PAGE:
3. Two things South Australia has got right…the 10c deposit on bottles and cans and the banning of lightweight checkout style plastic bags. The reason I say this is that over Christmas we were over in West Australia, specifically south of Perth, in the Rockingham and Fremantle area.
    Whilst we were in Fremantle we stopped, as many tourists did, at the Joes Fish Shack, one of the seaside style cafés which face onto a small harbour filled with fishing vessels. There are statues of fishermen showing the long heritage of fishing and sea trade. It is a lovely and very picturesque place and a very pleasant spot to stop for a fish and chip lunch. One thing I noticed, however, were quite a few plastic bags floating in the water as we, along with many other people, watched fish and crabs in the water along the edge of the boardwalk.
    Most visibly though, most of the roadside rubbish I noticed consisted of bottles and cans, something we just don’t see a lot of here in SA. I believe that the current corporate opposition to a 10c deposit scheme is absolutely unconscionable, and shows corporate greed at its worst. It shows that the company which opposes it places its profits and interests above that of the country, worse of all, above that of the environment.
    At a period in time when we are all being urged to think and act in the best interests of the environment, this opposition is a slap in the face to all Australians and the corporation responsible should be held up as a pariah of society.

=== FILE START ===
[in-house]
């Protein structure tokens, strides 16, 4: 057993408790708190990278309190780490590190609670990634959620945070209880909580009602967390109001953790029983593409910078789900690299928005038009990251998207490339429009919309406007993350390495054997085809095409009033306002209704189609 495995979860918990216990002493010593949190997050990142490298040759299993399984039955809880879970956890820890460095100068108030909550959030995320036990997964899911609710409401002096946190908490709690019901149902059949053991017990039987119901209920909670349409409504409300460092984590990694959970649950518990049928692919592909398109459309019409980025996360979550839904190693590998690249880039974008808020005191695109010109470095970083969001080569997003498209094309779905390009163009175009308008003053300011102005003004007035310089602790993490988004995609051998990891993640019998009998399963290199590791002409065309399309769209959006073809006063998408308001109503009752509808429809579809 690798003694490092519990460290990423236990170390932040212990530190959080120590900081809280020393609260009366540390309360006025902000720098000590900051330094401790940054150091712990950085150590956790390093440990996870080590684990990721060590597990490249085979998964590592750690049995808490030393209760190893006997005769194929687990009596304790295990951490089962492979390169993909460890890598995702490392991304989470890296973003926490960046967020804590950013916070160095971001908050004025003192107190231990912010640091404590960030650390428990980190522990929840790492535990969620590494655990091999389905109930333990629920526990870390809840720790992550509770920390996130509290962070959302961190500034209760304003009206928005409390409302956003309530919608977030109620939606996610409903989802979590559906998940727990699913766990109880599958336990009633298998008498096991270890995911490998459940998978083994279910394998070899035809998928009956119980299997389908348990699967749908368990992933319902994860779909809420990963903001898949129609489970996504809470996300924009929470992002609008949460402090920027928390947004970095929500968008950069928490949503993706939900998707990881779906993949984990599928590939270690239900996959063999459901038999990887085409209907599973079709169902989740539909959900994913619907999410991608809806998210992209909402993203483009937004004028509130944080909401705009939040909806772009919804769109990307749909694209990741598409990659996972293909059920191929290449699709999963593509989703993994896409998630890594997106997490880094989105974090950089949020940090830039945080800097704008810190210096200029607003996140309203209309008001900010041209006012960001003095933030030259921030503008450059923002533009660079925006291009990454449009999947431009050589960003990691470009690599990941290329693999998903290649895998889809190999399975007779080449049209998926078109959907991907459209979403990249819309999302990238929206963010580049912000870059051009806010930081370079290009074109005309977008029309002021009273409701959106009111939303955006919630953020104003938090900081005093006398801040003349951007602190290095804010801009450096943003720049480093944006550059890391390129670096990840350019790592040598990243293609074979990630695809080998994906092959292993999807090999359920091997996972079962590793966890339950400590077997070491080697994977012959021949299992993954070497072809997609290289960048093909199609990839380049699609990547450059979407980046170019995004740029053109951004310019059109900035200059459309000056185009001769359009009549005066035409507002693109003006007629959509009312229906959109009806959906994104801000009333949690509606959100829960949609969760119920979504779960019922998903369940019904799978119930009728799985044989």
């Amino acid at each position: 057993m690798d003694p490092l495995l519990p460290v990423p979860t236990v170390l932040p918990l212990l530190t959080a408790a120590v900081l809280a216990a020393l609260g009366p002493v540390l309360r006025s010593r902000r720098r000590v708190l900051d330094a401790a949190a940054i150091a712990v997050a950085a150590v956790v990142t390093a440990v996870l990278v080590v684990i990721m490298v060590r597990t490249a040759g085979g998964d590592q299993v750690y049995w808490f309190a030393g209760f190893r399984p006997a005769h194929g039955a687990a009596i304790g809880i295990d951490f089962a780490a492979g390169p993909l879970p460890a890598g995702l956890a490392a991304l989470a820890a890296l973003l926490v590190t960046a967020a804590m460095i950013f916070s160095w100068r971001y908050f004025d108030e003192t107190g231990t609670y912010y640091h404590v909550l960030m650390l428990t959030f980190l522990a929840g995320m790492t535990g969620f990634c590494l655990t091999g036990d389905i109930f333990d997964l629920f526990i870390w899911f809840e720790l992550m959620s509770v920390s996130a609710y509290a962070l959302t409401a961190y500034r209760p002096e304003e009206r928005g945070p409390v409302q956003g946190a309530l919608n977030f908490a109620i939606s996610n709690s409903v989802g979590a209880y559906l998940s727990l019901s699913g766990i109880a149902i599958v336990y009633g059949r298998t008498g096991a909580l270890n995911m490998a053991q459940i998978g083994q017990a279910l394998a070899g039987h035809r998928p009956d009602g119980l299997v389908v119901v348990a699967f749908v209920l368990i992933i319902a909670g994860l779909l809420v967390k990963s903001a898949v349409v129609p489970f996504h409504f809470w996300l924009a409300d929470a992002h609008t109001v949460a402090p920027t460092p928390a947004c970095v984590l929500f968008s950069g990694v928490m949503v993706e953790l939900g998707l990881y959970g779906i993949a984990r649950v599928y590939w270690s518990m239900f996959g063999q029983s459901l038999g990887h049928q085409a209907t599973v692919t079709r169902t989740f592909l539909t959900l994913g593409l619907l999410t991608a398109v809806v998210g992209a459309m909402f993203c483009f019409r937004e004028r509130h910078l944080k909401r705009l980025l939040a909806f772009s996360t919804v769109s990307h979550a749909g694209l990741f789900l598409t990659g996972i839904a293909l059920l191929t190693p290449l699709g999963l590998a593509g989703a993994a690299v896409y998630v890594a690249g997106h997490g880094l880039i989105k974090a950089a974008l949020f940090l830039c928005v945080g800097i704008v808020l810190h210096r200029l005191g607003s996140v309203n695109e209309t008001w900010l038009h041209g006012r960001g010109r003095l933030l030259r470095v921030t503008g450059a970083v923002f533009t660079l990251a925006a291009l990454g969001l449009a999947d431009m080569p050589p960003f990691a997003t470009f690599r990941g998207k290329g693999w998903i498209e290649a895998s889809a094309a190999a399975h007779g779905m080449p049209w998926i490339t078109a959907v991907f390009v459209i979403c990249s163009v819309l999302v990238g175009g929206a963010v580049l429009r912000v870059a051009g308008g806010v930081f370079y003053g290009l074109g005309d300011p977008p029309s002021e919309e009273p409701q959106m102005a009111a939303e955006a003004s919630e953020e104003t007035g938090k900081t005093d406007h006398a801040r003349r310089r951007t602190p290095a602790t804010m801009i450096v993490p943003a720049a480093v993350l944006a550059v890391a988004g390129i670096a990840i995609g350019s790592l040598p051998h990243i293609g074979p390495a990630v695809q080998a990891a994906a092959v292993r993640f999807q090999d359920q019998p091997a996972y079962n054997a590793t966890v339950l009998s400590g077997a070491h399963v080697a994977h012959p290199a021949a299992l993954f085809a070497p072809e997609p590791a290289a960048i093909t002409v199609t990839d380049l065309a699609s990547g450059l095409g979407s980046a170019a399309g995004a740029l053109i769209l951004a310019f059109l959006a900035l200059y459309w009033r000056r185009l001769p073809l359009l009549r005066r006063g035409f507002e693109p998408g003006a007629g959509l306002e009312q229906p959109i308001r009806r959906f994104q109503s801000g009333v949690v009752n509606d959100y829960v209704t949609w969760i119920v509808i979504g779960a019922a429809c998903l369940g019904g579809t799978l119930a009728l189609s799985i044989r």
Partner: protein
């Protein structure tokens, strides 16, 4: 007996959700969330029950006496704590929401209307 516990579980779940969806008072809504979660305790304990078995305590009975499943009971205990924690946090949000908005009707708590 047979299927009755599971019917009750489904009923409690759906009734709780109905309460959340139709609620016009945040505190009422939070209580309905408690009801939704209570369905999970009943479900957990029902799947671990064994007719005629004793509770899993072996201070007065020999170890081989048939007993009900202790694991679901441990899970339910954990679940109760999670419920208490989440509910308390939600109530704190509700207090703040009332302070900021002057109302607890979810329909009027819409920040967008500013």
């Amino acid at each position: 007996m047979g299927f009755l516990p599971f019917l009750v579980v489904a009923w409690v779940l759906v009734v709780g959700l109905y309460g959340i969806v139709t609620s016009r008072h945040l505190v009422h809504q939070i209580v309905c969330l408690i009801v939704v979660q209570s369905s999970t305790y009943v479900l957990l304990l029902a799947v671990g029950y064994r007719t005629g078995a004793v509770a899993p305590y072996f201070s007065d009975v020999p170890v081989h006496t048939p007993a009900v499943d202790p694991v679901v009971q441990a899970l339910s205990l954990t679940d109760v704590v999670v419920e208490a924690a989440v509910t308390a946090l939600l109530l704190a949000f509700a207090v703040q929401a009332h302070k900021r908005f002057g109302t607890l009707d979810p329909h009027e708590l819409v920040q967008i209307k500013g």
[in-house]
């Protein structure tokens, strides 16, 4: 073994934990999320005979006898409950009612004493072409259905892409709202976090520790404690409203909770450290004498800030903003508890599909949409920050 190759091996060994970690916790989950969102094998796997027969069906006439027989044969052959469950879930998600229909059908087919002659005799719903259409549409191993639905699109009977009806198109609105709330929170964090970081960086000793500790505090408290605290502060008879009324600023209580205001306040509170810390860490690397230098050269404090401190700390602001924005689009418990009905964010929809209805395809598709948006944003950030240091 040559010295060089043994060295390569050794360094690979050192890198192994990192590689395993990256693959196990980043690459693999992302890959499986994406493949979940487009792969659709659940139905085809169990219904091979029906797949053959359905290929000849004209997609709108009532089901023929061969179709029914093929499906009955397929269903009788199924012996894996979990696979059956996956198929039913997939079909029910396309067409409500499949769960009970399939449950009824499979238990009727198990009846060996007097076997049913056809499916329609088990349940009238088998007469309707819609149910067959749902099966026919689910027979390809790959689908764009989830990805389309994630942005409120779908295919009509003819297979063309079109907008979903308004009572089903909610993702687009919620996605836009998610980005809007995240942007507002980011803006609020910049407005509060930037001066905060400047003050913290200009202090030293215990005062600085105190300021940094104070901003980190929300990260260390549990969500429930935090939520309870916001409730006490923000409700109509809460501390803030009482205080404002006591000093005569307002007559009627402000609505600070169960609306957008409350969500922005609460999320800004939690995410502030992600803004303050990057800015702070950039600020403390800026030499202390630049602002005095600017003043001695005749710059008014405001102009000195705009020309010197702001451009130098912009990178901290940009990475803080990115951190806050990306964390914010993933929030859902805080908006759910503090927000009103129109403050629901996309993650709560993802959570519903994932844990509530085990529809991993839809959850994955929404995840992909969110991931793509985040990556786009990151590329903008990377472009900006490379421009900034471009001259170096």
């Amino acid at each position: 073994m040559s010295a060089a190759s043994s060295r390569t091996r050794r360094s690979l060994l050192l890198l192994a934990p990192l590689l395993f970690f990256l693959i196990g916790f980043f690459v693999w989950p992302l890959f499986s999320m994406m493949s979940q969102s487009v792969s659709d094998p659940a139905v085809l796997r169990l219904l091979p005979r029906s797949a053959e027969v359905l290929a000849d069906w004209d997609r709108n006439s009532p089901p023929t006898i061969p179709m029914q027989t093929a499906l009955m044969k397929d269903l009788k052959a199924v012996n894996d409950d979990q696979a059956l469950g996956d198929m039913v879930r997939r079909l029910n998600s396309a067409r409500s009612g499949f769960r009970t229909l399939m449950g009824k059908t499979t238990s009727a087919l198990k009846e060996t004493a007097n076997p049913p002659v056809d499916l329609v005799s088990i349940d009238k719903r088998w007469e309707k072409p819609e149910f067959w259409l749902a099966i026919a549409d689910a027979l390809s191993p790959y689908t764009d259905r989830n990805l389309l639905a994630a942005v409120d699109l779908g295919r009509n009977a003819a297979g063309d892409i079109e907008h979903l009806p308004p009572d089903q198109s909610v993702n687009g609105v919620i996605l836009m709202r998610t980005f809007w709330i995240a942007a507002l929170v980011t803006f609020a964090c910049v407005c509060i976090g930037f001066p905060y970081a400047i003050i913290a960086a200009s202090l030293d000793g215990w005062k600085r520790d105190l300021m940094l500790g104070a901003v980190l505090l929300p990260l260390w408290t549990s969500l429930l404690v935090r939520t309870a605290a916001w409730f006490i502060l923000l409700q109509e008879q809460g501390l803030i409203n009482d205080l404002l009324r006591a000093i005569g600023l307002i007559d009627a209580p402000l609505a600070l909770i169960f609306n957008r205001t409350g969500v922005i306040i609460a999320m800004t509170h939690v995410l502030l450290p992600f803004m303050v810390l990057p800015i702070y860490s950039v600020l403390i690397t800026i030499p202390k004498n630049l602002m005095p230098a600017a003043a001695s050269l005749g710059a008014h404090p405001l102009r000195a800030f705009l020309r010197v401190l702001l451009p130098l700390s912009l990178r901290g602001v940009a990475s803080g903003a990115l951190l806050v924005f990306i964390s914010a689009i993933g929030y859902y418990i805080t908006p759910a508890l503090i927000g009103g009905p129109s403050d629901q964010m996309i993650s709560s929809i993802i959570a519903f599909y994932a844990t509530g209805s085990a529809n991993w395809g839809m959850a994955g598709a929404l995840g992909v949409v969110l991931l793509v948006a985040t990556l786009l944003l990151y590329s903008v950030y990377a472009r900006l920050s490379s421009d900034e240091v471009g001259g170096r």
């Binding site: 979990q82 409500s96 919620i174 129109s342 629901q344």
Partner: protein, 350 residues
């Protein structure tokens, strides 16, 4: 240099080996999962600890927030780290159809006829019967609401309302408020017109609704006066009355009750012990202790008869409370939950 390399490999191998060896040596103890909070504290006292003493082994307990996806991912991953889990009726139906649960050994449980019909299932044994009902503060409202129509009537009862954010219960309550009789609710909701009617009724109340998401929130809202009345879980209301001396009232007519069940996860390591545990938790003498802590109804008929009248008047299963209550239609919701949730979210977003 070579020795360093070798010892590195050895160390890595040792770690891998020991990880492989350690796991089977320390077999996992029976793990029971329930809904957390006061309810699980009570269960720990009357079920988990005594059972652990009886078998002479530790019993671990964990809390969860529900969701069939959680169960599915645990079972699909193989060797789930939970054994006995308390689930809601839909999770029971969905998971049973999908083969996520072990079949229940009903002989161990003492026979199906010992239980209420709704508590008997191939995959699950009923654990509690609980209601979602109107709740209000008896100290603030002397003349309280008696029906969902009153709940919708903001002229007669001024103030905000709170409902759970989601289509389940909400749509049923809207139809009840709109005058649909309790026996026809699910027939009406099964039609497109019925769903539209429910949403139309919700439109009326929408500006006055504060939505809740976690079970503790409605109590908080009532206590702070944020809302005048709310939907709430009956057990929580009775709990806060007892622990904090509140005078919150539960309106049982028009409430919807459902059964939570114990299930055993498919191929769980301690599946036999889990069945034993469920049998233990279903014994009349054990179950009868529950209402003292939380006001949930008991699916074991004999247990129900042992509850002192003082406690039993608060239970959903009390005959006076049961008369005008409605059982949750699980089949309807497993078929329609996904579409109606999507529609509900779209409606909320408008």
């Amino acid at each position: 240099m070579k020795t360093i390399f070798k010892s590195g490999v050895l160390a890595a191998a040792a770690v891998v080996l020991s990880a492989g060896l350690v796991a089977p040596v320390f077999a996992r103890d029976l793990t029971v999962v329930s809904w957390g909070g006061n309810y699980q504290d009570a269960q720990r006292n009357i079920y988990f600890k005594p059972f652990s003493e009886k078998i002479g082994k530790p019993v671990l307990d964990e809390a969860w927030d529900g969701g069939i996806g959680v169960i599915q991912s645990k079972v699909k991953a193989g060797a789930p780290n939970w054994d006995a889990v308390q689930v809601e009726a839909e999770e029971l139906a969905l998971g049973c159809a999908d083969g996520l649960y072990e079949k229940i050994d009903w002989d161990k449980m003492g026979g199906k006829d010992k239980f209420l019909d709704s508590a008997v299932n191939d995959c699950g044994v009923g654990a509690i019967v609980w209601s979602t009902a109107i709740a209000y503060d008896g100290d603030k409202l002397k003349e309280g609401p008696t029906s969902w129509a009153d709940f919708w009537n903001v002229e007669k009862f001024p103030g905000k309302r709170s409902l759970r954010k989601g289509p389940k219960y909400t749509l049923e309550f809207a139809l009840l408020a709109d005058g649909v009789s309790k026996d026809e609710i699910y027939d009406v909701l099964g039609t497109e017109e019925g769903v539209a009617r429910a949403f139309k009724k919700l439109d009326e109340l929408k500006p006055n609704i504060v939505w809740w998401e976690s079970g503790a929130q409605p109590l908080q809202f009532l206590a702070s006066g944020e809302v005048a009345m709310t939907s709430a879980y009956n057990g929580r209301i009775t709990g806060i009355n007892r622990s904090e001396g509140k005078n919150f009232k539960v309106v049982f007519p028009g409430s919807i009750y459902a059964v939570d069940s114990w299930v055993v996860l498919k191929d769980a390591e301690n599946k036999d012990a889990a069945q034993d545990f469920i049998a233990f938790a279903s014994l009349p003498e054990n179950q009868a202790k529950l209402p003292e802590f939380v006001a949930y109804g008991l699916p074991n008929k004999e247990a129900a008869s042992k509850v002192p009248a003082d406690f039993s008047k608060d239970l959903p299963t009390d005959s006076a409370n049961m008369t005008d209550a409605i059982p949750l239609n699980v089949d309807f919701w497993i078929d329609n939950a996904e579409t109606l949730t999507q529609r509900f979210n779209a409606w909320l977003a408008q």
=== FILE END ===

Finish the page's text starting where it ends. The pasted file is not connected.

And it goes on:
Now, I’m not saying SA is perfect, but we seem to have got at least two things right, in my opinion at least.

  4. Of course we should this scheme, it has been running sucessfully in SA for years and it was how we did it in the old days here in Perth. We have a terrible track record here in WA and it keeps getting worse, the onus should be put back on the manufacturers for the types of packaging they use. Big business has got away with it for too long and we need to make it clear to the pollies that it is not good enough.

  5. When I was a child and even as recently as 1990, I remember taking cool drink bottles to the deli for a refund. If it worked for so many years before then what is the obstacle now? I have been travelling a lot and Japan is one of the cleanest countries that I have visited. I’m embarrassed every time that I come home to WA and see the extensive litter along our roadways. So much of it is cans and bottles! If we had a deposit scheme then I believe that it would go some way towards helping the problem. Too often our corporate leaders abrogate their responsibities and need to step up to the mark!